Four Boston college students formed the Remains in 1963 to play straightforward rock ‘n’ roll. Their energy and exuberance was unmatched by any American band of the time and surpassed by only a couple of English bands.
Bubblegum had nothing to do with any style of music per se, only with a style of promoting that music. Unlike any other genre of rock and roll, bubblegum has no musical roots, only financial and marketing ones. Its only musical requirement is baffling simplicity, an insistent 4/4 beat and lyrics a four-year-old can grasp after two plays.
“I remember being an 18-year-old in New York coming to Other Music for the first time and being intimidated by the fact that I didn’t recognize 90% of the names on the bin cards. But that didn’t keep me from coming back. I wanted to find out who they were.”
A wild tale of talent scouting, heedless auditioning and a weirdly happy ending that involves Iggy Pop and Ray Manzarek.
The Go-Go’s’ documentary, which began streaming on Showtime Friday, tells the band’s story and gives all the principals ample time to share their memories, acknowledge their flaws, laugh about past excesses and admit regret over one bad career decision.
Mickey Leigh has been a fixture on the New York rock scene since the late 1970s. The guitarist, keyboard player and singer is also an author and the organizer of the annual Joey Ramone Birthday Bash charity concert. We’re proud to share this exclusive premiere of “Little Cristine” from his current project, Mutated Music.
In 1979, we got to interview down-to-earth billionaire Richard Branson and his Virgin Records label manager at the company’s West Village office, on the occasion of their new American imprint.
After strutting around the stage, mocking the crowd, without warning or even a count-in, they launched/catapulted/tore into “I Feel Alright” by the Stooges. It wasn’t the beginning of a song, it was detonation! Their power, energy and volume made it breathtaking.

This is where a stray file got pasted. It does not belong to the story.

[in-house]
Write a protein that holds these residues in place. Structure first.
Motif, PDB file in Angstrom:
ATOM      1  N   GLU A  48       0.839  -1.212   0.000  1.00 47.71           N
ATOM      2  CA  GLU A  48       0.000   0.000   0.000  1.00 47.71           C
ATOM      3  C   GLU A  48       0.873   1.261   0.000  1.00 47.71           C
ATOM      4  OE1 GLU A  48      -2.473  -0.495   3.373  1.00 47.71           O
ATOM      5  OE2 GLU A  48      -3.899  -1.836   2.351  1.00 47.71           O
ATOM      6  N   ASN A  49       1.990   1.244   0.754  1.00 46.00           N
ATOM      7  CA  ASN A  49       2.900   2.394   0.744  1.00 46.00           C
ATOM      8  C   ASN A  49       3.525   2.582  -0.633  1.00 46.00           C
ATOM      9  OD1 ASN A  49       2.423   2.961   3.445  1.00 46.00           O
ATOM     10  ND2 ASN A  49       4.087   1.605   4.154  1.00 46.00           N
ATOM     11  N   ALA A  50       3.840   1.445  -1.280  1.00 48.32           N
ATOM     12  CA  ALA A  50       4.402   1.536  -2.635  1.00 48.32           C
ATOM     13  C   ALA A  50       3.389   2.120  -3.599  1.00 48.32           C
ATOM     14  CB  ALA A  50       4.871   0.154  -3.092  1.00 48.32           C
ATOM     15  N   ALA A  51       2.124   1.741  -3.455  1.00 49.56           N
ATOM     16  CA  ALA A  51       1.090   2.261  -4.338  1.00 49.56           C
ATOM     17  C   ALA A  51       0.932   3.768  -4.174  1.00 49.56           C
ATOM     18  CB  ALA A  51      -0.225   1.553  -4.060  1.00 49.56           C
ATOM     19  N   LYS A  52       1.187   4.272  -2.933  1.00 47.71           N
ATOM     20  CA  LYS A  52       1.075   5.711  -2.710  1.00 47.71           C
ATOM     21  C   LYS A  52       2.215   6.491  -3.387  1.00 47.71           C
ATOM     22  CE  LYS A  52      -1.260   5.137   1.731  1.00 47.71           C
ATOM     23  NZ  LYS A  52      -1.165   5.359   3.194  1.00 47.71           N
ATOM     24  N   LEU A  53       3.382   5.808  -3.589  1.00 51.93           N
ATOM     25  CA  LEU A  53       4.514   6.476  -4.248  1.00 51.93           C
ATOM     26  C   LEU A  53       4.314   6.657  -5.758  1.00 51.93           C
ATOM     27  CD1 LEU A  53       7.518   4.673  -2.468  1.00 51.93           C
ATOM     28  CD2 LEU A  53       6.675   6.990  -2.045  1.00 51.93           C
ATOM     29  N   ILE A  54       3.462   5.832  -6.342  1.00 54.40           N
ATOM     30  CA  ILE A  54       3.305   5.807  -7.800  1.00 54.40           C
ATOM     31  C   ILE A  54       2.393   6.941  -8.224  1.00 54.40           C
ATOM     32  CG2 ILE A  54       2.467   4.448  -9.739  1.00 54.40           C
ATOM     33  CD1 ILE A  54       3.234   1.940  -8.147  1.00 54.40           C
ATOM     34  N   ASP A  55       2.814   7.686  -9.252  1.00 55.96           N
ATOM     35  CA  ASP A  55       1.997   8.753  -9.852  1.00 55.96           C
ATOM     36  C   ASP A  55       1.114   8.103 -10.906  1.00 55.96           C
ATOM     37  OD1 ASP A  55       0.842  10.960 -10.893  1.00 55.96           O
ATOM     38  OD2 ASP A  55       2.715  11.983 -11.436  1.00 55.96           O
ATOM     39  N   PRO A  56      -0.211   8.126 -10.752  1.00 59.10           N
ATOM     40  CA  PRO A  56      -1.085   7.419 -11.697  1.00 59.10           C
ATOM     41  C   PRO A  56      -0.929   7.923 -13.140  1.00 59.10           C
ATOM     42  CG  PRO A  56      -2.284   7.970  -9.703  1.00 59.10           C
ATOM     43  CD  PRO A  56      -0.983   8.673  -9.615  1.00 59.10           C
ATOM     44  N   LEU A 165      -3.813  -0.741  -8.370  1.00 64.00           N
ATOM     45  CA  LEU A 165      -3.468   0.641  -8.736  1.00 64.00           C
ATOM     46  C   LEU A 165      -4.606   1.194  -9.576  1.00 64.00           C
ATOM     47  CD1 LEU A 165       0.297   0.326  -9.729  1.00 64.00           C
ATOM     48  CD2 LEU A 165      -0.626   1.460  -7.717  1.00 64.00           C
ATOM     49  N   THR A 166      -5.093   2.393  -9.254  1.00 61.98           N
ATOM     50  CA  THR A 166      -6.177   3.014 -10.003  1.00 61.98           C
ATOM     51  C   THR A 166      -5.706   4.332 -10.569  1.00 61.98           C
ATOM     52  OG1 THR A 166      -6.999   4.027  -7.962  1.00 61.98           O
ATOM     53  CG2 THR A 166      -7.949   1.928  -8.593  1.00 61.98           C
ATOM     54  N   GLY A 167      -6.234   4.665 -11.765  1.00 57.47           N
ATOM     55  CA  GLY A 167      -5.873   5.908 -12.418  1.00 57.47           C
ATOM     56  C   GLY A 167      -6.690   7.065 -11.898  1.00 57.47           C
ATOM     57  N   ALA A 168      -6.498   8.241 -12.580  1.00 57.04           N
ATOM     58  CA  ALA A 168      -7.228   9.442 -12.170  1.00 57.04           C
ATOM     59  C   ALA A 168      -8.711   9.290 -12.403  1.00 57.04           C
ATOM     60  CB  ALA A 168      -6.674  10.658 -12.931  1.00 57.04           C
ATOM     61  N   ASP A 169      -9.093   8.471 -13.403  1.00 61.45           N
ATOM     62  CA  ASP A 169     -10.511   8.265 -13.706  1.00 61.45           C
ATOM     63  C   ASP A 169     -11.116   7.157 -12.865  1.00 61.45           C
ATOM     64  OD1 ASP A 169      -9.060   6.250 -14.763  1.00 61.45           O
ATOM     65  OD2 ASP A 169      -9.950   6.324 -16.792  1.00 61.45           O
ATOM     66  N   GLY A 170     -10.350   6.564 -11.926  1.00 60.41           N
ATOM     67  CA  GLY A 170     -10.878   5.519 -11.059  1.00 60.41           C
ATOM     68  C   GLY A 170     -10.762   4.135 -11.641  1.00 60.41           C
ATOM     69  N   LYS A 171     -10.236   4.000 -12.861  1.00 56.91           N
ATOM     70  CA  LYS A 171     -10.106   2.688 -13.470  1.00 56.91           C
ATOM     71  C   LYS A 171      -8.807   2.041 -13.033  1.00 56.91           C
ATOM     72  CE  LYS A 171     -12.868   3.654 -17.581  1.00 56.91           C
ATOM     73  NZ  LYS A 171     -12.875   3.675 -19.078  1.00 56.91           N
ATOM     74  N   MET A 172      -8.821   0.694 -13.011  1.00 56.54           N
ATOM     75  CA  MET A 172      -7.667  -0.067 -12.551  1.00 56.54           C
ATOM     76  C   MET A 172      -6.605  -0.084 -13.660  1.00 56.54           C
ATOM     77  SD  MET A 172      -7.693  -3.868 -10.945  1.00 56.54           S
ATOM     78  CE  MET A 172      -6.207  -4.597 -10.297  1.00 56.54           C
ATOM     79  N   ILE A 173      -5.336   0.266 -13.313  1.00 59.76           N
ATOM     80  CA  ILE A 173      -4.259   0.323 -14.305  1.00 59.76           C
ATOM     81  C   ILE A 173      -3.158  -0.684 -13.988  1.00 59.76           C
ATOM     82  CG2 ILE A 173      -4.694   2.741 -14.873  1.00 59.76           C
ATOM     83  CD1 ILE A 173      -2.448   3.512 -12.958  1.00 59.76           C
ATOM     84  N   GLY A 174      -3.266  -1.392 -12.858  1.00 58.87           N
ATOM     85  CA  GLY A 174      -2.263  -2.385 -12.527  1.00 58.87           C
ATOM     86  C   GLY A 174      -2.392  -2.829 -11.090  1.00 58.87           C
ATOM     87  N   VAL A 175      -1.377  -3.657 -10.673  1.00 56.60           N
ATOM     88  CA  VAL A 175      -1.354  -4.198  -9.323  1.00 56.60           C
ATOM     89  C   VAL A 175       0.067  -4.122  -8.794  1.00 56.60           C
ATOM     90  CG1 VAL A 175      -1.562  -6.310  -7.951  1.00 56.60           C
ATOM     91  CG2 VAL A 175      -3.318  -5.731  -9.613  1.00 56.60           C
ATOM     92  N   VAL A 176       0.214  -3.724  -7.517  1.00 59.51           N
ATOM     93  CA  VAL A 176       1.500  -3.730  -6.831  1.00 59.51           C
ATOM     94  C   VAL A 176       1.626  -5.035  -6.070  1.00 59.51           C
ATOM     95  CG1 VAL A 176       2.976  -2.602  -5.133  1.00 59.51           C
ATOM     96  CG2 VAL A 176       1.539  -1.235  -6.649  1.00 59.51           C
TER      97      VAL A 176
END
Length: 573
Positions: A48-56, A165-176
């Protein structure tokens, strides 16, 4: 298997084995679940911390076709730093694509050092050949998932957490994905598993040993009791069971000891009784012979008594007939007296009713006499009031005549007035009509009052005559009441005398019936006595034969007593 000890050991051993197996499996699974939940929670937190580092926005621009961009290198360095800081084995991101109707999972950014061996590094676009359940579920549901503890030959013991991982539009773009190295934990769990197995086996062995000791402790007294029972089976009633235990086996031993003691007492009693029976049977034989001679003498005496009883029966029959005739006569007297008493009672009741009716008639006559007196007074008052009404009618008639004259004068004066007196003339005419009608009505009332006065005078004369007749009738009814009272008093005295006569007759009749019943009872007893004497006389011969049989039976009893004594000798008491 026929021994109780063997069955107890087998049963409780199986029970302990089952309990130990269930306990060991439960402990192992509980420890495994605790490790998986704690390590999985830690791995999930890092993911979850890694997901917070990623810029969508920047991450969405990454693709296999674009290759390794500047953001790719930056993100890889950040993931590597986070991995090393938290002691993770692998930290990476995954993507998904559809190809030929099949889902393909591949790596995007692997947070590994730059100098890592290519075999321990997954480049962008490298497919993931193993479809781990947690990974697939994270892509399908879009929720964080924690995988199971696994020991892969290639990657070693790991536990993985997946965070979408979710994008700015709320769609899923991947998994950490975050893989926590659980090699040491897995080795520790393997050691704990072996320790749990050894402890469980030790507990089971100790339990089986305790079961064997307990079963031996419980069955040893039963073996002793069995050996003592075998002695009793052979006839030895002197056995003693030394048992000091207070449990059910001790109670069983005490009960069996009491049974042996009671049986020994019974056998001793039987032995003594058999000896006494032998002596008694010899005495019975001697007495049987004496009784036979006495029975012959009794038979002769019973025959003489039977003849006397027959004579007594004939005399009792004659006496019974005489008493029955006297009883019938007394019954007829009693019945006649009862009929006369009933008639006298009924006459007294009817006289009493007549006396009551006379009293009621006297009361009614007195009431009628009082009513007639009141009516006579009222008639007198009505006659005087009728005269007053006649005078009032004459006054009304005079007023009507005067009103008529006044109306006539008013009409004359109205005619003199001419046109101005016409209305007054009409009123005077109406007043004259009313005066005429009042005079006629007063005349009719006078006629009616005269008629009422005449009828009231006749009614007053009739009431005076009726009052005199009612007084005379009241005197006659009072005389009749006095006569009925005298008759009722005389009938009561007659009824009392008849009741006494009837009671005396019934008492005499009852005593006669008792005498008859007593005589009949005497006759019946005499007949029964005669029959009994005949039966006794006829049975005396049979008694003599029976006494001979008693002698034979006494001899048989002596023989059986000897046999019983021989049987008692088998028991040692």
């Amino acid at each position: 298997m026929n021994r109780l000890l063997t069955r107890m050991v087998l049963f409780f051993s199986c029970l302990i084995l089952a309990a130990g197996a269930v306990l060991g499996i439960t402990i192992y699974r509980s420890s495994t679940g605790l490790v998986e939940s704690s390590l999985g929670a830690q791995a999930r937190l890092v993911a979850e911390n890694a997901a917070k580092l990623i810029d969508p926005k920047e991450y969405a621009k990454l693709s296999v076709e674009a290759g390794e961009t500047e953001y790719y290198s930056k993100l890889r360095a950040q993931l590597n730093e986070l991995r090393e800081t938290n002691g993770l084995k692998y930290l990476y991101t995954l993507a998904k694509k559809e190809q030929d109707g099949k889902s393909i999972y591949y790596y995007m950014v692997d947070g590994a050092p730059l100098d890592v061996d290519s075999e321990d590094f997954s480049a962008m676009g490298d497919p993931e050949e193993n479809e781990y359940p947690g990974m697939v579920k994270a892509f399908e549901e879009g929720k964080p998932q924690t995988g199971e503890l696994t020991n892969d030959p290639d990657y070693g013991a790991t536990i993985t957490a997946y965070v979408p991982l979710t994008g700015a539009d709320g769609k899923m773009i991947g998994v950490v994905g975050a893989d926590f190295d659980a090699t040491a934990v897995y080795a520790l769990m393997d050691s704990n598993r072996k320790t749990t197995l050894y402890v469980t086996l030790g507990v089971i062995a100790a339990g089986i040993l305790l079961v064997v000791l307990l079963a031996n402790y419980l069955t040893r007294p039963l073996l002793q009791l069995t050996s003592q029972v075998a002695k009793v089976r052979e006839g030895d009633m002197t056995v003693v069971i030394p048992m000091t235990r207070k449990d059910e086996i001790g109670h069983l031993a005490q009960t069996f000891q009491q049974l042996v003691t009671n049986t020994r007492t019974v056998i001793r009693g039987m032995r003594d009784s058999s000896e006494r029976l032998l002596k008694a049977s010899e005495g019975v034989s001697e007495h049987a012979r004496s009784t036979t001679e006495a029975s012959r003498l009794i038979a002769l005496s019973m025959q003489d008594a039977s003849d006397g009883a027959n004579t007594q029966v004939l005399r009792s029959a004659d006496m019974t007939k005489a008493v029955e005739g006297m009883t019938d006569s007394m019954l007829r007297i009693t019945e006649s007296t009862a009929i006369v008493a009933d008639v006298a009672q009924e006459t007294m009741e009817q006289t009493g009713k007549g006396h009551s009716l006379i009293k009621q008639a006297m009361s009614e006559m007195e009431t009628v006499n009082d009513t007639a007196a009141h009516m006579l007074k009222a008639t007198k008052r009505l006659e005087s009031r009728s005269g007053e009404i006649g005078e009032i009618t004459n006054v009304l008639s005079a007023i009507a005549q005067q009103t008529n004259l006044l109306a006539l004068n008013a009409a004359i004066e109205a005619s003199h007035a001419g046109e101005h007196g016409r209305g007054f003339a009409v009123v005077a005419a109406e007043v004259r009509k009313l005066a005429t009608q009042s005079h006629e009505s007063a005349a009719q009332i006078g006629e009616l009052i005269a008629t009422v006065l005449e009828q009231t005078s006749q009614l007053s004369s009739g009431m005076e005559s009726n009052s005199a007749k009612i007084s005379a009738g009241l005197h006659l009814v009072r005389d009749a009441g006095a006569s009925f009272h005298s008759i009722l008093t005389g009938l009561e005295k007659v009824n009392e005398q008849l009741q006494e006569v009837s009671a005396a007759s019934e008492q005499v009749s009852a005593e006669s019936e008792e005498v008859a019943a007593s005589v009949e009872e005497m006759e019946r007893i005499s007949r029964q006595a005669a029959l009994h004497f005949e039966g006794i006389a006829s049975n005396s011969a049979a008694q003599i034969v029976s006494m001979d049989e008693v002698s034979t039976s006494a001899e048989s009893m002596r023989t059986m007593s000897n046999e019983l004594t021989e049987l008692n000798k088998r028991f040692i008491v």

One of the star-crossed British Invasion bands that never got its due — a brilliant, multi-faceted delight for discerning aficionados and just a couple of classic singles to the general public — the Zombies mounted quite a second act.
The Charisma story — that is, the story of Tony Stratton-Smith, a former sportswriter who became a label president through the avenues of music publishing and management — mirrors the rise and maturation of art-rock while providing a close personal look at the artists who make it.
In the fall of 1978, the first issue of Trouser Press Collectors’ Magazine came off the presses, containing an interview about Immediate Records with the colorful and quotable Andrew Loog Oldham.
Store policy was to never refuse. We’d take five of anything to support local acts. Since I knew them, at least by sight, I took 10 copies of the Pollywog Stew EP from Adam Yauch and Mike Diamond.
In 2014, Caitlin Moran published a novel called How to Build a Girl that largely tracks her teenage career as a rock writer for Melody Maker. Last year, it was made into a film. I am always fascinated by how scribblers fare as the subject of a story rather than its chronicler.
I was invited to fly to London for an audition. With a mix of regret and excitement, I broke the news to the other Planets and, a few days later, carrying my Gibson Les Paul, boarded a plane at JFK en route to Heathrow.
Lou Reed had Lester Bangs to joust with; in our little world, Robert Fripp had a large, shy electric engineer named Ihor Slabicky. This interview, which ran in three issues of Trans-Oceanic Trouser Press, is an amazing colloquy, the sort of unguarded, knowledgeable back and forth you don’t see much of in music journalism any more.
When British punk broke out in all its anti-glory in the mid-1970s, only the Who and Small Faces were immune from purist punk rockers’ sulfurous disdain. It’s obvious why. Small Faces were punks. Punks with world-class chops and a singer, Steve Marriott, who may well have been the best rock voice Britain has ever produced.
Andrew Farriss wrote or co-wrote (with Michael Hutchence) nearly every hit song that made INXS one of the most successful acts of the 1980s and 1990s. INXS called it quits in 2012. Farriss has since reinvented himself as a country singer.
I love the idea of tribute albums. I am fascinated by the countless ways a song can be redone. I enjoy the familiar being remade anew. Recognizable bands delight me when they take on a song I like instead of presenting nothing but their own originals. (Despite being proven wrong on a regular basis, I have never gotten over the vague suspicion that all the good songs have been written. I mean, “Waterloo Sunset,” amiright?)
1975: The first two Ramones to arrive were Johnny and Tommy, wearing their band uniform: motorcycle jackets, white T-shirts, jeans blown out at the knees, Chuck Taylor Cons.
“This is the PA?!?” blurted Tommy. Johnny wouldn’t even acknowledge my presence. He just snorted with undisguised disgust and stomped past me.
The Mekons have long been an exceptional outfit for many reasons, and their latest release, Exquisite, is another link in the group’s inimitable chain. Responding to the unique situation of no-travel home isolation, they just dove in and made a record.